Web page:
Brief Fact Summary. Plaintiff, a retiree, was checked into Defendant’s nursing home at the behest of his nephew. Upon checking in, the admission papers indicated that Plaintiff’s presence was strictly voluntary and he could leave at any time. However, when Plaintiff attempted to leave on numerous occasions, he was restrained, punished, denied privileges, and moved to a wing of the home for drug addicts and the insane.
Synopsis of Rule of Law. False imprisonment is one person’s direct restraint of another’s physical liberty in the absence of sufficient legal justification.
A defendant may be compelled to respond in exemplary damages if the act causing actual damages is a wrongful act done intentionally in violation of the rights of the plaintiff.View Full Point of Law
Issue. Was the jury wrong to find Plaintiff had been falsely imprisoned?
* Was the award of punitive damages improper under these circumstances?
Held. The jury’s verdict was upheld, except the award was found excessive. Plaintiff accepted the remittitur proposed by the court of appeals.
* When a nursing home detains a retiree against his will despite an agreement that his presence is voluntary and has no other legal justification for the physical detention, it has committed false imprisonment.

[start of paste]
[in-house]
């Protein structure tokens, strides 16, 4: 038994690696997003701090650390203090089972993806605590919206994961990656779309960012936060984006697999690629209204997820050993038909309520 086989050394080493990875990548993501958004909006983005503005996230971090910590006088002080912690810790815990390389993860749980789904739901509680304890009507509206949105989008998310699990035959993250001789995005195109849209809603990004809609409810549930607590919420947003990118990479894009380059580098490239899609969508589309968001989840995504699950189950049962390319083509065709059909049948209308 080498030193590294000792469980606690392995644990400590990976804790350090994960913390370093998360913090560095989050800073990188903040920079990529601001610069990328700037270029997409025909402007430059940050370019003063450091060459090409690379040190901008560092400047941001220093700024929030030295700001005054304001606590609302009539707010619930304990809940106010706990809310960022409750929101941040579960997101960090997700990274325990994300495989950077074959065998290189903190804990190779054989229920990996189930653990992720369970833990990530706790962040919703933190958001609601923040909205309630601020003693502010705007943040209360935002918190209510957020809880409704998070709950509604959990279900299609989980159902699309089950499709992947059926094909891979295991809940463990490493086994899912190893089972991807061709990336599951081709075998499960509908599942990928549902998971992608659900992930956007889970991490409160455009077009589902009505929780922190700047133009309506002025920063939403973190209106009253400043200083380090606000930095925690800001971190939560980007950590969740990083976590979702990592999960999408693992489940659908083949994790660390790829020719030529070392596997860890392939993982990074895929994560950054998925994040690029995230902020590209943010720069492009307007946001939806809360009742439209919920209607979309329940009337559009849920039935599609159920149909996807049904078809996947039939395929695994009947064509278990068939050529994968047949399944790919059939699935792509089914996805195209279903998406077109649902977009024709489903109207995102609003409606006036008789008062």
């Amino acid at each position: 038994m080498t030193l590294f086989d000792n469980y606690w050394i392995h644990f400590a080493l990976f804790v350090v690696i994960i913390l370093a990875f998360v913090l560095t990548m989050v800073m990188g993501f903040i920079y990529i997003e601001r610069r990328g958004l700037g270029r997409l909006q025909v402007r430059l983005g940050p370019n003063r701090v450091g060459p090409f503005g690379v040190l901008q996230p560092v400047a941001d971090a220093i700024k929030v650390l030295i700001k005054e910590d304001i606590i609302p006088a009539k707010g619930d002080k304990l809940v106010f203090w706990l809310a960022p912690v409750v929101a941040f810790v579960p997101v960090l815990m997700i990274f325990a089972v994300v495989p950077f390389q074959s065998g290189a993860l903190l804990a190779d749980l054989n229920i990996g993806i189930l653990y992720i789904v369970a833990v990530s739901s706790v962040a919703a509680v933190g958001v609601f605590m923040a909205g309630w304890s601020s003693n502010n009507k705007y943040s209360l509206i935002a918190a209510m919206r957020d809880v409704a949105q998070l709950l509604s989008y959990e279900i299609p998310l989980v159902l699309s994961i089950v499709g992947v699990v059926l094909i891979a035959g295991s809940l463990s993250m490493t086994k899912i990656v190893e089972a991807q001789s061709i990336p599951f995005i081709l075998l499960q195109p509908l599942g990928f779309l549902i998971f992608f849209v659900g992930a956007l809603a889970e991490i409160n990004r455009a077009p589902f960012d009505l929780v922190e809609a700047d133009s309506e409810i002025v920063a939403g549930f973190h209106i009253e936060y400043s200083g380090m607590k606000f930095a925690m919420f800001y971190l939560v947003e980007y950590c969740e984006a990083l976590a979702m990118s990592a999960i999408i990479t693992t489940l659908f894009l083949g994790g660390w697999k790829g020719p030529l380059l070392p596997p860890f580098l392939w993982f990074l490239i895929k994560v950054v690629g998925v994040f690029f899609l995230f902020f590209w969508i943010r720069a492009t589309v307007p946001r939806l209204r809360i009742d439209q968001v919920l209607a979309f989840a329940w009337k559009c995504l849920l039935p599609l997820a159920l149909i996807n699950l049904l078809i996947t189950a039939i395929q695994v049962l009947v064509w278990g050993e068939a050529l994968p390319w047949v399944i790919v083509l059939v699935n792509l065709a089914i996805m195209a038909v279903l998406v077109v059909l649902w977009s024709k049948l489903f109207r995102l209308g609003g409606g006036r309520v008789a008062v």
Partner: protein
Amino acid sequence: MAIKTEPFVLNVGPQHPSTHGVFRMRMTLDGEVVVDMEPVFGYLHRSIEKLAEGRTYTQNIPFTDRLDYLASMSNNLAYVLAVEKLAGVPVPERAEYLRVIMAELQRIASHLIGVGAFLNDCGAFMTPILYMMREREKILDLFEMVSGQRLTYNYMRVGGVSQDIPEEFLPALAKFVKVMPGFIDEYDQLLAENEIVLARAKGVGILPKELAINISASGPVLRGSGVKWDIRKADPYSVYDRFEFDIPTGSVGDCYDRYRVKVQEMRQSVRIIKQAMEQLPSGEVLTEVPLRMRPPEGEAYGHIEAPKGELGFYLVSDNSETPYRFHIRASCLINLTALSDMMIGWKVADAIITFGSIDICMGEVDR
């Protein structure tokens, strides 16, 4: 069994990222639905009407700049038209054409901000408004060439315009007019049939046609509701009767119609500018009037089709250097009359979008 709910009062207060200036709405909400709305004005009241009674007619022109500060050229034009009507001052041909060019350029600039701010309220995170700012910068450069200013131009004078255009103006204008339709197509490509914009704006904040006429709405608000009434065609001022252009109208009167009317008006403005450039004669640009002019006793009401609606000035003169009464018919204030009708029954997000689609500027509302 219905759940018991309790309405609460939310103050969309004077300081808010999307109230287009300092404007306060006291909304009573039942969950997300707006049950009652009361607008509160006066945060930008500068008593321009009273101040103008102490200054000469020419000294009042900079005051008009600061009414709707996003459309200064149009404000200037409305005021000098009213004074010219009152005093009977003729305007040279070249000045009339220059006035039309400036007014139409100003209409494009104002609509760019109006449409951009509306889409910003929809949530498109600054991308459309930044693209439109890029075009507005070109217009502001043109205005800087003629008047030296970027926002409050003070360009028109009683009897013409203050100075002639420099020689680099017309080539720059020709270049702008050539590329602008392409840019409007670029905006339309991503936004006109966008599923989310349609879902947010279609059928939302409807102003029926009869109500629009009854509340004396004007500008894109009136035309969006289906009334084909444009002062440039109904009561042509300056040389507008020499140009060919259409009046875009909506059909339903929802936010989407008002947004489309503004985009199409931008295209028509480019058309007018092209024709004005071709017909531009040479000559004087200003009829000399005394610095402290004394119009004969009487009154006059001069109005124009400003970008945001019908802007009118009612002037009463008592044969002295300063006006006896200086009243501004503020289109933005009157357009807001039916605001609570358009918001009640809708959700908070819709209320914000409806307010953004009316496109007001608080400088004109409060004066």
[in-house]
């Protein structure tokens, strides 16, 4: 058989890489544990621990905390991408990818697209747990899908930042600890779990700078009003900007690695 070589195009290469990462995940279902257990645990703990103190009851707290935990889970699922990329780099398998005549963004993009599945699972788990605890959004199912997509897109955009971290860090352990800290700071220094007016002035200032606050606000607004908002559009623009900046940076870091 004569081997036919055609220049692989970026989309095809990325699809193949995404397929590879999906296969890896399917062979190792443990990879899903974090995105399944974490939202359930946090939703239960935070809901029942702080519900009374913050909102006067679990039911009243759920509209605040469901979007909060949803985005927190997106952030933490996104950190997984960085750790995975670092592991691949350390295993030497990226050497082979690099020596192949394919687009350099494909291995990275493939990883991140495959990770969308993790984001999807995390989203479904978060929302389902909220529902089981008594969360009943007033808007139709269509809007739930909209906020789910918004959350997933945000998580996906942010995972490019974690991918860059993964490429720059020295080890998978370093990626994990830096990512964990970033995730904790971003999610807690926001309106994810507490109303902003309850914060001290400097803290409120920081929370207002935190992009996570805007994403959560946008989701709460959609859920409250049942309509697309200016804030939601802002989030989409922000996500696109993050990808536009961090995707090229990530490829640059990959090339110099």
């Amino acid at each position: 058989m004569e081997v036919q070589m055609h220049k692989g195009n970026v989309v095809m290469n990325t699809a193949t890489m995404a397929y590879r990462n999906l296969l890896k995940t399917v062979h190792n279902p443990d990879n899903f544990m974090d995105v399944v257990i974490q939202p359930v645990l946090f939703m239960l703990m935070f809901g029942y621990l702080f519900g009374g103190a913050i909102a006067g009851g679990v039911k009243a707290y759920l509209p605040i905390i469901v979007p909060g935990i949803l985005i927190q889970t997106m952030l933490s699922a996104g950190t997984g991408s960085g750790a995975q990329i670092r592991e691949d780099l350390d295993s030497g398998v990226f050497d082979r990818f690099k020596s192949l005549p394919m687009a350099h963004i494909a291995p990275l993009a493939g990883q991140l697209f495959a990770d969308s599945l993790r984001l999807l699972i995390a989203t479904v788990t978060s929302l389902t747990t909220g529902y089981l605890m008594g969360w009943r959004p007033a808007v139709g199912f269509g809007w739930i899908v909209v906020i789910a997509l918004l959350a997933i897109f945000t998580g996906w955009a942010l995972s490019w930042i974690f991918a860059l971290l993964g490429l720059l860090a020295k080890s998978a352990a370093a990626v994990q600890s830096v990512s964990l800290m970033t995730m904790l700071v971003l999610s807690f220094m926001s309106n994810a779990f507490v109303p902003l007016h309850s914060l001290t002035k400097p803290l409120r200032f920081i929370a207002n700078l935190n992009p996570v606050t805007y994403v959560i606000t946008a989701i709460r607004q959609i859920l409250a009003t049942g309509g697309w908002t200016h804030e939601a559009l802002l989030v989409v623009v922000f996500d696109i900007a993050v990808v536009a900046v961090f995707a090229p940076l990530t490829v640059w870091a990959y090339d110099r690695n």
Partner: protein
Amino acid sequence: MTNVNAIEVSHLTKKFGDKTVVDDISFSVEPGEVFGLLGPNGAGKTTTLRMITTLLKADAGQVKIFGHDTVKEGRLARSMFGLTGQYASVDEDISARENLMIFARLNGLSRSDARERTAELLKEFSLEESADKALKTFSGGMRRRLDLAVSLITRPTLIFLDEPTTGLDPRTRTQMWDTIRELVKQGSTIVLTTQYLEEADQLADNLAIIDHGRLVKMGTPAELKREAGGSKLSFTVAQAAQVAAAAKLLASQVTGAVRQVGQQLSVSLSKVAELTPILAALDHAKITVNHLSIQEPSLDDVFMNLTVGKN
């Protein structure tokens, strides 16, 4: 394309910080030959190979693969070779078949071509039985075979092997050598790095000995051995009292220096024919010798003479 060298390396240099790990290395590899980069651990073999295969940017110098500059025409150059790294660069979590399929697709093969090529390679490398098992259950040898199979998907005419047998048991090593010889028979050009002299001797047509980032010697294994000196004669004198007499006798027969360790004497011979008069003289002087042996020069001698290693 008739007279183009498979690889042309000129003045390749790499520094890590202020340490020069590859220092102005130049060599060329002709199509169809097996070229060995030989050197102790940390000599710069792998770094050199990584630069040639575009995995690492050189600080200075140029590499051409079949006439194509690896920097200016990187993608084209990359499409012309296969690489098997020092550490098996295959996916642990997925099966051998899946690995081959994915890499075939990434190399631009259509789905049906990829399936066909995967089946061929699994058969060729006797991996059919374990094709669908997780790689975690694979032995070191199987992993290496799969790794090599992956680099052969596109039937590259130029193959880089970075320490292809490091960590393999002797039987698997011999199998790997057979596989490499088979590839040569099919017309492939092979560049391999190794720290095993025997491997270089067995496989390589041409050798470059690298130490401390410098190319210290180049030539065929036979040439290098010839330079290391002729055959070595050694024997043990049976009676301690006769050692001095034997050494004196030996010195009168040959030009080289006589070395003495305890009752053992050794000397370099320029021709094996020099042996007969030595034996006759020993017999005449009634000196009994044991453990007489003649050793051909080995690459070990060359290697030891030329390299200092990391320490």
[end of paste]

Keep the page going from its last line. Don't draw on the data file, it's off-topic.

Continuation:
* When a Defendant’s acts giving rise to actual damages are undertaken wrongfully, intentionally, and without regard to the rights of the Plaintiff, punitive damages may be appropriately awarded.
Discussion. This is a rather straightforward false imprisonment case. Plaintiff was even able to identify a contractual provision specifically demonstrating the Defendant’s knowledge that it acted in disregard of his rights. The relative simplicity of the case allows the Court to set forth the precise elements of the tort of false imprisonment.